A mem­ber of the ‘Mag­nif­i­cent Seven’

The Glengarry News - - News - BY SCOTT CARMICHAEL News Staff

A civic cer­e­mony was held re­cently in Claude Nun­ney’s Bri­tish home­town to com­mem­o­rate Glen­garry County’s only Vic­to­ria Cross win­ner.

The event took place at Alexan­dra Park in Hast­ings, on Septem­ber 2 – ex­actly 100 years af­ter Pte. Nun­ney was se­ri­ously wounded while fight­ing along the Ger­man-held Dro­court-Quéant Line near Ar­ras, France. It was dur­ing this bat­tle that Pte. Nun­ney – who died of his wounds just over two weeks later – per­formed the re­peated acts of hero­ism that earned him the VC, posthu­mously, three months later.

Ac­cord­ing to the Dec. 14, 1918 edi­tion of the Lon­don Gazette, Pte. Nun­ney was cited for the Vic­to­ria Cross “for most con­spic­u­ous brav­ery dur­ing the op­er­a­tions against the Dro­court-Quéant Line on Septem­ber 1 and 2, 1918.”

The ex­tract ex­plains that “on Septem­ber 1, when his bat­tal­ion was in the vicin­ity of Vis-en-Ar­tois, prepara­tory to the ad­vance, the en­emy laid down a heavy bar­rage and counter-at­tacked.”

Pte. Nun­ney, who was at com­pany head­quar­ters at the time of the coun­ter­at­tack, “im­me­di­ately on his own ini­tia­tive pro­ceeded through the bar­rage to the com­pany out­post lines, go­ing from post to post and en­cour­ag­ing the men by his own fear­less ex­am­ple. The en­emy was re­pulsed and a crit­i­cal sit­u­a­tion was saved.” The fol­low­ing day, Pte. Nun­ney’s “dash con­tin­u­ally placed him in ad­vance of his com­pan­ions, and his fear­less ex­am­ple un­doubt­edly helped greatly to carry the com­pany for­ward to its ob­jec­tives.”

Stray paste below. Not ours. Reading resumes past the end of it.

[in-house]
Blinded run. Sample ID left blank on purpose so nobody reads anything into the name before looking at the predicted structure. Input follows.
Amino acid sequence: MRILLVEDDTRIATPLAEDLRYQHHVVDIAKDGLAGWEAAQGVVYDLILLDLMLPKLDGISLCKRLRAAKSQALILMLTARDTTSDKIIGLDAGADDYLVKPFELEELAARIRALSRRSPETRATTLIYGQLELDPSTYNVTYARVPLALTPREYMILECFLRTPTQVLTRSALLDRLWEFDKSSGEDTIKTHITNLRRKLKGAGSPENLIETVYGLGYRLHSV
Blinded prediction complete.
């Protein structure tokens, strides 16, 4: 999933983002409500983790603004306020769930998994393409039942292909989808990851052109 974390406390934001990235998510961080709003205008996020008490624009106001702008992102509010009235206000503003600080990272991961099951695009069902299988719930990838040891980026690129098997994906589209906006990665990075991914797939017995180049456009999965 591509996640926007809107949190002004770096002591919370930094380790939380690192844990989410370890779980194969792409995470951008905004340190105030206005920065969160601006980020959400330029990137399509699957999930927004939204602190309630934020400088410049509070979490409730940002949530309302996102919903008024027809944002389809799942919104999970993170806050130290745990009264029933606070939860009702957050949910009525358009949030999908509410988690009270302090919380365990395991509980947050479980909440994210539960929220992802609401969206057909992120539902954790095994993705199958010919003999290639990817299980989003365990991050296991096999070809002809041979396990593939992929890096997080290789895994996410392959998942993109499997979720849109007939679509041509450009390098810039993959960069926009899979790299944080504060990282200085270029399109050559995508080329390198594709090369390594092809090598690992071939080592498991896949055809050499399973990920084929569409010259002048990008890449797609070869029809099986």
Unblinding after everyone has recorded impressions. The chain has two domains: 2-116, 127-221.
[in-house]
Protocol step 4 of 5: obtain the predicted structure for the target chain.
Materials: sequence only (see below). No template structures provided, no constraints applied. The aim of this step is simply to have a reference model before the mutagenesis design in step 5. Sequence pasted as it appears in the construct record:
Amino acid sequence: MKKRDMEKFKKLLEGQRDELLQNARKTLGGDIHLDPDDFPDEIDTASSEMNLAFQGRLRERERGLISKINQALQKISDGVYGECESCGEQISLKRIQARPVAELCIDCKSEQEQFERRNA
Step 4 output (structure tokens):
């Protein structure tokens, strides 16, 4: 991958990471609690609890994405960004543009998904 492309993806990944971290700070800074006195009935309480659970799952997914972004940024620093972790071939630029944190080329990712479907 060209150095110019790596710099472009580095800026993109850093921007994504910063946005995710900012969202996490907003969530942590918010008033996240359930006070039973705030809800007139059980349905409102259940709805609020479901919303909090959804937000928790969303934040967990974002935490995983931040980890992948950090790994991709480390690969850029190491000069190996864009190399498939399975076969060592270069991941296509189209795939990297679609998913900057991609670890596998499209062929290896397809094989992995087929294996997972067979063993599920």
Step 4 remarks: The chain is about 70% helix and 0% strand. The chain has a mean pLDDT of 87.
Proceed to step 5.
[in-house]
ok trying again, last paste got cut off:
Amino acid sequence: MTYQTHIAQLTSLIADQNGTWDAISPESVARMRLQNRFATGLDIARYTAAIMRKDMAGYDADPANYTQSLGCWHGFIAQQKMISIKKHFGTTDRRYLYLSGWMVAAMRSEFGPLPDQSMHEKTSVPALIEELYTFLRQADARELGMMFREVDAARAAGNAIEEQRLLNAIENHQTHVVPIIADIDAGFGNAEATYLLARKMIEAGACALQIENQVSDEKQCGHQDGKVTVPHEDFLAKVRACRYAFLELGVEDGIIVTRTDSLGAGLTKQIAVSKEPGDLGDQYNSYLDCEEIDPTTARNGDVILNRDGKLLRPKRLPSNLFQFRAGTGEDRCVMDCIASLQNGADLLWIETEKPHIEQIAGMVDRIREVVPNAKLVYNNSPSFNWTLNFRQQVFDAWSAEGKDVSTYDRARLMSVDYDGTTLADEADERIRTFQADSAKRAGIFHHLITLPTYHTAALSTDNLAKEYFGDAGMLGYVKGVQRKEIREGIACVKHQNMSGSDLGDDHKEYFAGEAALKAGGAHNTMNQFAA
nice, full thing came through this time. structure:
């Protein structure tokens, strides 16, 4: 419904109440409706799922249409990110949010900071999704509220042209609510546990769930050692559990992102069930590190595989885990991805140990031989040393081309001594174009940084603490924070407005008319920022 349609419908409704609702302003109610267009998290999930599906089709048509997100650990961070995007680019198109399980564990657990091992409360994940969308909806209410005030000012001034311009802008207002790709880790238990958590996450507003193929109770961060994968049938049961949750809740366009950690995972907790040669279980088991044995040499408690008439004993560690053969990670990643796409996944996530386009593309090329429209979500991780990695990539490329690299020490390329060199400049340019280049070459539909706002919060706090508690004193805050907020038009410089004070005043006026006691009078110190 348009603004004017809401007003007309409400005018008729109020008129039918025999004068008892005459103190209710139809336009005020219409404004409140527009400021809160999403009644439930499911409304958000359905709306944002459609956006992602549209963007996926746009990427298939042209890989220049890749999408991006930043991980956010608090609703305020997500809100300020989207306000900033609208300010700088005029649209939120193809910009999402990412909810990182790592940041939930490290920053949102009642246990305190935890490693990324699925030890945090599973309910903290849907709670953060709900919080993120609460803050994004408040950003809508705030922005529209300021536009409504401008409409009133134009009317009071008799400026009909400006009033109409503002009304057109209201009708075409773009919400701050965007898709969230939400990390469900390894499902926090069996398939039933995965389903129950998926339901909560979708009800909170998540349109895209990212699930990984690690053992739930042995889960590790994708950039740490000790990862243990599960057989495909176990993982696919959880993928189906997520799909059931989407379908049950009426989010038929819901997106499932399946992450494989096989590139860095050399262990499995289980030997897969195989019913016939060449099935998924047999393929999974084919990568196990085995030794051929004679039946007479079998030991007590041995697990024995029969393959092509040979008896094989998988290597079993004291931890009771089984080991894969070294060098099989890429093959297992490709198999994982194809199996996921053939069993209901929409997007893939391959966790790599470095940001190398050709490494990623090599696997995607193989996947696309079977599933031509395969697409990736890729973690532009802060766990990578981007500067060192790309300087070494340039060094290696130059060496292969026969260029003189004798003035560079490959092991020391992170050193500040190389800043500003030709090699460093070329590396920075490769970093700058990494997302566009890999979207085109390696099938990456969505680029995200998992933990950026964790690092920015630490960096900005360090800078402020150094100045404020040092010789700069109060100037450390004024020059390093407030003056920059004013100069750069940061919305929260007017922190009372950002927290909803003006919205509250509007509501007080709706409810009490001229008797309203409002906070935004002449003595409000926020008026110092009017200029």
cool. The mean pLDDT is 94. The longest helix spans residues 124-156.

Born in St. Leonards-on-Sea, Hast­ings, Sussex in July 1892, Claude Joseph Pa­trick Nun­ney came to Canada in 1905 as a Bri­tish Home Child. Af­ter spend­ing a brief time at St. Ge­orge's dis­tri­bu­tion home (or­phan­age) in Ot­tawa, he was placed with Mrs. Don­ald Roy McDon­ald of Pine Hill (North Lan­caster) who adopted the young­ster, pro­vided him with a lov­ing and nur­tur­ing home, and sent him to school.

Fol­low­ing Mrs. McDon­ald’s death in 1912, young Claude con­tin­ued work­ing on area farms be­fore leav­ing Glen­garry to travel across the coun­try. He led the life of an itin­er­ant labourer be­fore heed­ing the call of ‘ King and Coun­try’ and en­list­ing with the Cana­dian Army in 1915. The only Cana­dian sol­dier of the First World War to be awarded the Vic­to­ria Cross, Distin­guished Con­duct Medal (DCM) and the Mil­i­tary Medal (MM), Claude Nun­ney also had an­other claim to fame.

He was one of the so-called ‘Mag­nif­i­cent Seven’ Cana­dian ser­vice­men who earned the Vic­to­ria Cross for their ac­tions across the 30-km-long Dro­court-Quéant Line on Sept. 2, 1918.

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